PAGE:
Thinking Anglicans

Opinion – 23 March 2019

Stephen Parsons Surviving Church Towards understanding why people are drawn into extreme religious groups

Lucy Knight The Guardian Being a gay Christian can be hurtful and gruelling. But I refuse to lose faith

Giles Fraser UnHerd Why is punishment so popular?
“Collective vindictiveness often dresses itself up in the language of morality”

Andrew Lightbown Theore0 Speaking of sexual irony

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MarkBrunsonCynthia KatsarelisWilliamFather Ron SmithTobias Stanislas Haller Recent comment authors
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Jill Armstead
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Jill Armstead

I too was raised in the Christian Faith and have never come across a church community as described by Lucy Knight. I wish some LGBTI Anglicans would stop tarring all faith communities in the Anglican tradition with the same hostile brush. If she and others continually broadcast their mistaken belief that all Anglican communities fail to offer LGBTI Christians an unconditional, wholehearted welcome, they are complicit in their own victimhood.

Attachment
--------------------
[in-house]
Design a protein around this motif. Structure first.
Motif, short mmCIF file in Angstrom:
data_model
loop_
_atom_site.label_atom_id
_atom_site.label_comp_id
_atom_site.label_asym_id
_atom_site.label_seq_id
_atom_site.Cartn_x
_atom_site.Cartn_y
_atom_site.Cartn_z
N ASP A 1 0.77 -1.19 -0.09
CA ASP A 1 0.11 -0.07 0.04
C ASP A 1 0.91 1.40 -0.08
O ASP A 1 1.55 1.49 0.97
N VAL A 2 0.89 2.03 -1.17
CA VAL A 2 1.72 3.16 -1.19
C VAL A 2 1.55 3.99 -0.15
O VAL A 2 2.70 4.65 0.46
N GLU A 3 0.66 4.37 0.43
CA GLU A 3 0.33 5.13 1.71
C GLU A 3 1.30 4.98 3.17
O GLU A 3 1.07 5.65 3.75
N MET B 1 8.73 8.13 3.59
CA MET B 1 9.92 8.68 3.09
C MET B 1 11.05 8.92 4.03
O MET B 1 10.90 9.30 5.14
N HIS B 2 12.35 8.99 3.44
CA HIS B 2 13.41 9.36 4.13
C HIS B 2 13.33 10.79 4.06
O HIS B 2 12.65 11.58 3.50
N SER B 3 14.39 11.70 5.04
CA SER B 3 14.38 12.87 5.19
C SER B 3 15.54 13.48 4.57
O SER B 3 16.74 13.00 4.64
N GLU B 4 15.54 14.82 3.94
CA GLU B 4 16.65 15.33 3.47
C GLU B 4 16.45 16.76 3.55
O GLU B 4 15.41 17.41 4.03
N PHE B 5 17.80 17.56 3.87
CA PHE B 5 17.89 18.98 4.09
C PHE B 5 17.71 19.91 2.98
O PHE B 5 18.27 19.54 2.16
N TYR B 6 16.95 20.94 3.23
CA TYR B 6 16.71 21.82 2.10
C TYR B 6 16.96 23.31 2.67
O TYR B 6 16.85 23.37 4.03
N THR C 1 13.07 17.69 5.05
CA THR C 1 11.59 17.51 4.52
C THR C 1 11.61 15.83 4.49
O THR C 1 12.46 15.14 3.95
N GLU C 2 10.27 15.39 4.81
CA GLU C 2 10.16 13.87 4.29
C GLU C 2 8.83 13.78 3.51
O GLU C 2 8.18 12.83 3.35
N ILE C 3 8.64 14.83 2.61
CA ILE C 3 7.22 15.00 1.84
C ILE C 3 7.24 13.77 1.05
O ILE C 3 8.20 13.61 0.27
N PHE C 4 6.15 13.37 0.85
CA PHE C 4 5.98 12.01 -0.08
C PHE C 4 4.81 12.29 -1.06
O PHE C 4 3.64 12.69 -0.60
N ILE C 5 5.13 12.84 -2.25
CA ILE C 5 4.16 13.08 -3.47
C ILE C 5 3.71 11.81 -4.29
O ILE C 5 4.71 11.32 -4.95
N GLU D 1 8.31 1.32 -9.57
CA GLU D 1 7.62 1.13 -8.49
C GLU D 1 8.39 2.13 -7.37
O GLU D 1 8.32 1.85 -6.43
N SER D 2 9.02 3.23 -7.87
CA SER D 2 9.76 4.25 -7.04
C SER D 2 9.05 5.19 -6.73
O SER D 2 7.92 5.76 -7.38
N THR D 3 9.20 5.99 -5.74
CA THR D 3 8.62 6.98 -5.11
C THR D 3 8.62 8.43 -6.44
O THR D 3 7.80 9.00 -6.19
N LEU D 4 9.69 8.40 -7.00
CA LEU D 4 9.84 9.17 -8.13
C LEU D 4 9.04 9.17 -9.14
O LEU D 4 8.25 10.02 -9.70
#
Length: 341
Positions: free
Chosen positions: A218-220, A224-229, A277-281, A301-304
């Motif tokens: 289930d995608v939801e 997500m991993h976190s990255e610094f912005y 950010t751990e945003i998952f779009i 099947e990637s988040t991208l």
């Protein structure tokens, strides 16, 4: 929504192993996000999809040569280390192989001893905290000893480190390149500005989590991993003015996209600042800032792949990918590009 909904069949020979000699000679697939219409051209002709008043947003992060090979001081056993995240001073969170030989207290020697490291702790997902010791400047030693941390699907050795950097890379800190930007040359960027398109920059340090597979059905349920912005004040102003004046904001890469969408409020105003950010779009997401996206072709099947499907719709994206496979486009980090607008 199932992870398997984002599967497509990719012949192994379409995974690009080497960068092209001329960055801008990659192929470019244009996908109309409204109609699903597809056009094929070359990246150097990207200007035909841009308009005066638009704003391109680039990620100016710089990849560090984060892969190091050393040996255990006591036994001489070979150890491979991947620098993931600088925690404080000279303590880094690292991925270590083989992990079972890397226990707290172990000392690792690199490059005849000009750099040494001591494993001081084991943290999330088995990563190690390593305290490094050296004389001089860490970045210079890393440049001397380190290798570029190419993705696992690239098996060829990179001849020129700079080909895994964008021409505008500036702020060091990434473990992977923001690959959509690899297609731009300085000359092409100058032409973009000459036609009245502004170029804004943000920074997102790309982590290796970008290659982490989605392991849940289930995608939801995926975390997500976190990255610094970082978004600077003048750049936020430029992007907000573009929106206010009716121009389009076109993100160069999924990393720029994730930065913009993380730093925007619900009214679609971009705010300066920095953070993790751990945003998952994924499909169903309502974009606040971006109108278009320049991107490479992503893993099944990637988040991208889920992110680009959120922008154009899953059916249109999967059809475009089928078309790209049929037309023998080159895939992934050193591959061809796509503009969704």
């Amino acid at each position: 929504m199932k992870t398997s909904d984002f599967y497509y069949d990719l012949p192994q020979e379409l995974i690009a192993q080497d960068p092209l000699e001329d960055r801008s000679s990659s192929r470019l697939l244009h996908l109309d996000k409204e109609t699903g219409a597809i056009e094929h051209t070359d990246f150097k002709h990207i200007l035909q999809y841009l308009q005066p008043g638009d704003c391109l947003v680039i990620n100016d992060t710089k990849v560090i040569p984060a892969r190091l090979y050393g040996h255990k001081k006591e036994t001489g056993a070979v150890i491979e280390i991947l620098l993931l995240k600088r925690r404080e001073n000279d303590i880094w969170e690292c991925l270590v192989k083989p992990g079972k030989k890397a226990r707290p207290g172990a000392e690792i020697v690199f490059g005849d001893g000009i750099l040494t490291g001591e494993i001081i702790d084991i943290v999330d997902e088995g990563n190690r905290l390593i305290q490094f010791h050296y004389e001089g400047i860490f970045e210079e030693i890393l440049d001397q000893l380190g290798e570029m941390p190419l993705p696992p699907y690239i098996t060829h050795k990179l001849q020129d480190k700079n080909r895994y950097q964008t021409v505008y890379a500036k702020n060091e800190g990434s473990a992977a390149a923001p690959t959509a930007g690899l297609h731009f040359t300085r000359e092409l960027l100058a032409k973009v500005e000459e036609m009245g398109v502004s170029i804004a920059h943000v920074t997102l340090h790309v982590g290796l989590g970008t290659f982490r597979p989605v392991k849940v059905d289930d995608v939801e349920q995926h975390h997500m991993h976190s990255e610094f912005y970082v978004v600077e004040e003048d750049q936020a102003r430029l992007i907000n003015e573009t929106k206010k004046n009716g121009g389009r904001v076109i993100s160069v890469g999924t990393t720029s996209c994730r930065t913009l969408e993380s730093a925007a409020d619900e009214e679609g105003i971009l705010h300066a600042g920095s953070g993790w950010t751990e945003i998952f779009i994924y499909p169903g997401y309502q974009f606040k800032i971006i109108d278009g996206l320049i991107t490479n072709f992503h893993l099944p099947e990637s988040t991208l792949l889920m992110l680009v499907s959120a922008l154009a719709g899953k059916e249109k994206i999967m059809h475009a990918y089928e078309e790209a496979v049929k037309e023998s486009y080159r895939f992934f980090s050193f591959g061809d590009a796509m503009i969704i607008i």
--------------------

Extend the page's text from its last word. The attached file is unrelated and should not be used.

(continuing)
William
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William

Identity politics are driven by the thinking that the world consists of oppressors and victims. What the world desperately needs at the moment are ideas that unite rather than divide. Traditionally, in the West at least, Christianity has served this purpose. We have so much in common, why focus all the time on our differences?

Susannah Clark
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Quite William. By focussing on the difference between gay spouses and heterosexual ones, Justin is accentuating not what these Christians have in common with him (love, compassion, service, devotion), but what makes them different. Why should that kind of discrimination be challenged? Because, like homophobia out in the big wide world, or hate crime, it damages, demeans and diminishes people’s lives. That’s not primarily about ‘identity’. It’s about humanity. At local church level, the reception is varied. I belong to Christian communities that are brilliant in their inclusion and affirmation. But I also have connections with Christian communities that are… Read more »